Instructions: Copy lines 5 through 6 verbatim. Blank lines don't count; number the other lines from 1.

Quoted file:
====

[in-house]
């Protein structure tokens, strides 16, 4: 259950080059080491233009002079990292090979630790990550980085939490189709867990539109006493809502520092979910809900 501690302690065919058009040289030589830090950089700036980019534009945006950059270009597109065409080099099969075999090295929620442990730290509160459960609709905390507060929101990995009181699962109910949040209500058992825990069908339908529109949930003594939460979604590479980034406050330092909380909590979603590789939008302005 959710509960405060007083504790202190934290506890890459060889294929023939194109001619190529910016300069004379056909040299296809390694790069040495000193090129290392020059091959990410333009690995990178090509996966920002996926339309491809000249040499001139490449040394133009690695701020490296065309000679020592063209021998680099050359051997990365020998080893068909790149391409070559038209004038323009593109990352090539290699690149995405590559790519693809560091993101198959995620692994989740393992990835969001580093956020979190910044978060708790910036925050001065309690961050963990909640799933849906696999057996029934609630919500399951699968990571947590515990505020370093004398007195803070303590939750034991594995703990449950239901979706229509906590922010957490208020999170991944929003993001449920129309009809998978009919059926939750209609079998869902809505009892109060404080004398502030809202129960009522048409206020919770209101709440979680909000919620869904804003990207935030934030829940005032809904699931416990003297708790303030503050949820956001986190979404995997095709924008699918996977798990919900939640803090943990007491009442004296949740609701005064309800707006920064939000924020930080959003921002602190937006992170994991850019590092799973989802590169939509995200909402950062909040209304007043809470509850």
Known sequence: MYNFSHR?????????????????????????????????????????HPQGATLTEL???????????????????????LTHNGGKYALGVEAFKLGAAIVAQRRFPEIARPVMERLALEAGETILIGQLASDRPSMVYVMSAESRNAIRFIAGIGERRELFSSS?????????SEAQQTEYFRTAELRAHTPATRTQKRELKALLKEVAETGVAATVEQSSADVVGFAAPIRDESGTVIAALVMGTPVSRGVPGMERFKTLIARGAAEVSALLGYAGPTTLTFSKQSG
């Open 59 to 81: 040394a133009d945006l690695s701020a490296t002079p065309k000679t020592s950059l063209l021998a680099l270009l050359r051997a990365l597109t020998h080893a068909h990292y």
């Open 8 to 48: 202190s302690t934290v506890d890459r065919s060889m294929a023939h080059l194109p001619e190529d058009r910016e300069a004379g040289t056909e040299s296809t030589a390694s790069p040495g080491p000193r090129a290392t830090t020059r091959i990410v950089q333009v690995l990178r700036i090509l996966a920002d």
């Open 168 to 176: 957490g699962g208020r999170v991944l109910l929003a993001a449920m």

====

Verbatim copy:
């Open 8 to 48: 202190s302690t934290v506890d890459r065919s060889m294929a023939h080059l194109p001619e190529d058009r910016e300069a004379g040289t056909e040299s296809t030589a390694s790069p040495g080491p000193r090129a290392t830090t020059r091959i990410v950089q333009v690995l990178r700036i090509l996966a920002d």
């Open 168 to 176: 957490g699962g208020r999170v991944l109910l929003a993001a449920m």